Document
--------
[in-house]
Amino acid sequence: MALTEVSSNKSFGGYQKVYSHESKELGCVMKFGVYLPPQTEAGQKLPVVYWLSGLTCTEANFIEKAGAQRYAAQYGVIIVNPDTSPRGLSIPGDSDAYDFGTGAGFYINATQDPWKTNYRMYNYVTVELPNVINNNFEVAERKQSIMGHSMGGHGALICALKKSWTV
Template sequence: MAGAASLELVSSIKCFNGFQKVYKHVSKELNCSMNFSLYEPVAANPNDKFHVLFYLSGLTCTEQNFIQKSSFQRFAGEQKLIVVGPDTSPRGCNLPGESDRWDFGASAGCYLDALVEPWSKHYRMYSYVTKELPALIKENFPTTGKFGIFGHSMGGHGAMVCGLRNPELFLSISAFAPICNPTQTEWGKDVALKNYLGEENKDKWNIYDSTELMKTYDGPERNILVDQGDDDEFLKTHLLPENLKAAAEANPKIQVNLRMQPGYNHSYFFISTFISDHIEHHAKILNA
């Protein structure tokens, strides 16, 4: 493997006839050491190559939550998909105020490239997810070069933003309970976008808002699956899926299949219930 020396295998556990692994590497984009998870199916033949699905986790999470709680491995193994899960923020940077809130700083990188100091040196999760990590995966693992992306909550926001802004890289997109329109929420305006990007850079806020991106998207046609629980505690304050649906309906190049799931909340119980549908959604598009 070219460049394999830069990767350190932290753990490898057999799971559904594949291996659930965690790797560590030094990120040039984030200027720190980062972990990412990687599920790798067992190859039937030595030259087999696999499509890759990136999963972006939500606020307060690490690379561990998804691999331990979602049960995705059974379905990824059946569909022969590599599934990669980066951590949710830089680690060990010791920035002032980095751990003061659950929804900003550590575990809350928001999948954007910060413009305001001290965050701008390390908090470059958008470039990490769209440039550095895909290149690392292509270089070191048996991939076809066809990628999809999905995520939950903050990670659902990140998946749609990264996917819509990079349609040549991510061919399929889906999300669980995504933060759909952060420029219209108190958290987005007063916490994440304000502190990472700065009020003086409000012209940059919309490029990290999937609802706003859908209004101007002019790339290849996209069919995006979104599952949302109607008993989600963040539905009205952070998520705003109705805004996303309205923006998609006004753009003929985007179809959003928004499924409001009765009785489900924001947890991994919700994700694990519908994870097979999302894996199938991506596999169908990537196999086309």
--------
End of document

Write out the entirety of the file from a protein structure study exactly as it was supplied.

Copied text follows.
[in-house]
Amino acid sequence: MALTEVSSNKSFGGYQKVYSHESKELGCVMKFGVYLPPQTEAGQKLPVVYWLSGLTCTEANFIEKAGAQRYAAQYGVIIVNPDTSPRGLSIPGDSDAYDFGTGAGFYINATQDPWKTNYRMYNYVTVELPNVINNNFEVAERKQSIMGHSMGGHGALICALKKSWTV
Template sequence: MAGAASLELVSSIKCFNGFQKVYKHVSKELNCSMNFSLYEPVAANPNDKFHVLFYLSGLTCTEQNFIQKSSFQRFAGEQKLIVVGPDTSPRGCNLPGESDRWDFGASAGCYLDALVEPWSKHYRMYSYVTKELPALIKENFPTTGKFGIFGHSMGGHGAMVCGLRNPELFLSISAFAPICNPTQTEWGKDVALKNYLGEENKDKWNIYDSTELMKTYDGPERNILVDQGDDDEFLKTHLLPENLKAAAEANPKIQVNLRMQPGYNHSYFFISTFISDHIEHHAKILNA
């Protein structure tokens, strides 16, 4: 493997006839050491190559939550998909105020490239997810070069933003309970976008808002699956899926299949219930 020396295998556990692994590497984009998870199916033949699905986790999470709680491995193994899960923020940077809130700083990188100091040196999760990590995966693992992306909550926001802004890289997109329109929420305006990007850079806020991106998207046609629980505690304050649906309906190049799931909340119980549908959604598009 070219460049394999830069990767350190932290753990490898057999799971559904594949291996659930965690790797560590030094990120040039984030200027720190980062972990990412990687599920790798067992190859039937030595030259087999696999499509890759990136999963972006939500606020307060690490690379561990998804691999331990979602049960995705059974379905990824059946569909022969590599599934990669980066951590949710830089680690060990010791920035002032980095751990003061659950929804900003550590575990809350928001999948954007910060413009305001001290965050701008390390908090470059958008470039990490769209440039550095895909290149690392292509270089070191048996991939076809066809990628999809999905995520939950903050990670659902990140998946749609990264996917819509990079349609040549991510061919399929889906999300669980995504933060759909952060420029219209108190958290987005007063916490994440304000502190990472700065009020003086409000012209940059919309490029990290999937609802706003859908209004101007002019790339290849996209069919995006979104599952949302109607008993989600963040539905009205952070998520705003109705805004996303309205923006998609006004753009003929985007179809959003928004499924409001009765009785489900924001947890991994919700994700694990519908994870097979999302894996199938991506596999169908990537196999086309």